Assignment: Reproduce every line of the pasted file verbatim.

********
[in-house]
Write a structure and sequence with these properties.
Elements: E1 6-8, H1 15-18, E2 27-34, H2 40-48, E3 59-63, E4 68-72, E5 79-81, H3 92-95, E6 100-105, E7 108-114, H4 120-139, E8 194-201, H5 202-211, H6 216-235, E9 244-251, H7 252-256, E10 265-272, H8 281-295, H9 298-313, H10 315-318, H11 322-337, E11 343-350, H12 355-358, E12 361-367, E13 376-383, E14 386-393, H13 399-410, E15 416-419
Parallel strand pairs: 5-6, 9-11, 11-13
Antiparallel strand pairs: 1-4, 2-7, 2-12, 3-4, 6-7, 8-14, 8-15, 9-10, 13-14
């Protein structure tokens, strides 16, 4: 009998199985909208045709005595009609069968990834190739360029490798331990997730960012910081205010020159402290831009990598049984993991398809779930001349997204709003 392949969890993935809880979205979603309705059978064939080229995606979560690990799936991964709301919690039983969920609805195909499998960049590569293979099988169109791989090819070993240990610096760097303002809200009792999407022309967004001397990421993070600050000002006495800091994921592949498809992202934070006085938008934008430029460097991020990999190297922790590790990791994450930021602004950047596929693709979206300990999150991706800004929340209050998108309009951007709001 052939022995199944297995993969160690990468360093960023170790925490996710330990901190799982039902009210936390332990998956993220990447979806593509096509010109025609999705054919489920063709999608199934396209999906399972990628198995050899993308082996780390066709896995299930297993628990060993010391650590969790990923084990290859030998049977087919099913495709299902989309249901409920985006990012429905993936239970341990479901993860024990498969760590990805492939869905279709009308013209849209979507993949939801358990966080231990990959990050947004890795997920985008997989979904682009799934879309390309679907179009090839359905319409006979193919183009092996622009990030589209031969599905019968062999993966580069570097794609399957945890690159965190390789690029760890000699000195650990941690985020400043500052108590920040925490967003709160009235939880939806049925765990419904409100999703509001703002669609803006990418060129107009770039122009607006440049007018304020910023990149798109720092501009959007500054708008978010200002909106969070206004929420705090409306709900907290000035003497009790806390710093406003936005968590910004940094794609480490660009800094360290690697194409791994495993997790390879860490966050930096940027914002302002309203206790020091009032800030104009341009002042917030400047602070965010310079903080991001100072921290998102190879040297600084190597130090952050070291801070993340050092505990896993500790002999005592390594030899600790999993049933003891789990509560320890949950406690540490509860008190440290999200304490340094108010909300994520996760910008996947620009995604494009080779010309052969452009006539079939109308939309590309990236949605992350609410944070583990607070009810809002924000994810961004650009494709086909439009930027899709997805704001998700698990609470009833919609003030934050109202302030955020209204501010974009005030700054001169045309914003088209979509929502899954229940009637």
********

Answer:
[in-house]
Write a structure and sequence with these properties.
Elements: E1 6-8, H1 15-18, E2 27-34, H2 40-48, E3 59-63, E4 68-72, E5 79-81, H3 92-95, E6 100-105, E7 108-114, H4 120-139, E8 194-201, H5 202-211, H6 216-235, E9 244-251, H7 252-256, E10 265-272, H8 281-295, H9 298-313, H10 315-318, H11 322-337, E11 343-350, H12 355-358, E12 361-367, E13 376-383, E14 386-393, H13 399-410, E15 416-419
Parallel strand pairs: 5-6, 9-11, 11-13
Antiparallel strand pairs: 1-4, 2-7, 2-12, 3-4, 6-7, 8-14, 8-15, 9-10, 13-14
């Protein structure tokens, strides 16, 4: 009998199985909208045709005595009609069968990834190739360029490798331990997730960012910081205010020159402290831009990598049984993991398809779930001349997204709003 392949969890993935809880979205979603309705059978064939080229995606979560690990799936991964709301919690039983969920609805195909499998960049590569293979099988169109791989090819070993240990610096760097303002809200009792999407022309967004001397990421993070600050000002006495800091994921592949498809992202934070006085938008934008430029460097991020990999190297922790590790990791994450930021602004950047596929693709979206300990999150991706800004929340209050998108309009951007709001 052939022995199944297995993969160690990468360093960023170790925490996710330990901190799982039902009210936390332990998956993220990447979806593509096509010109025609999705054919489920063709999608199934396209999906399972990628198995050899993308082996780390066709896995299930297993628990060993010391650590969790990923084990290859030998049977087919099913495709299902989309249901409920985006990012429905993936239970341990479901993860024990498969760590990805492939869905279709009308013209849209979507993949939801358990966080231990990959990050947004890795997920985008997989979904682009799934879309390309679907179009090839359905319409006979193919183009092996622009990030589209031969599905019968062999993966580069570097794609399957945890690159965190390789690029760890000699000195650990941690985020400043500052108590920040925490967003709160009235939880939806049925765990419904409100999703509001703002669609803006990418060129107009770039122009607006440049007018304020910023990149798109720092501009959007500054708008978010200002909106969070206004929420705090409306709900907290000035003497009790806390710093406003936005968590910004940094794609480490660009800094360290690697194409791994495993997790390879860490966050930096940027914002302002309203206790020091009032800030104009341009002042917030400047602070965010310079903080991001100072921290998102190879040297600084190597130090952050070291801070993340050092505990896993500790002999005592390594030899600790999993049933003891789990509560320890949950406690540490509860008190440290999200304490340094108010909300994520996760910008996947620009995604494009080779010309052969452009006539079939109308939309590309990236949605992350609410944070583990607070009810809002924000994810961004650009494709086909439009930027899709997805704001998700698990609470009833919609003030934050109202302030955020209204501010974009005030700054001169045309914003088209979509929502899954229940009637």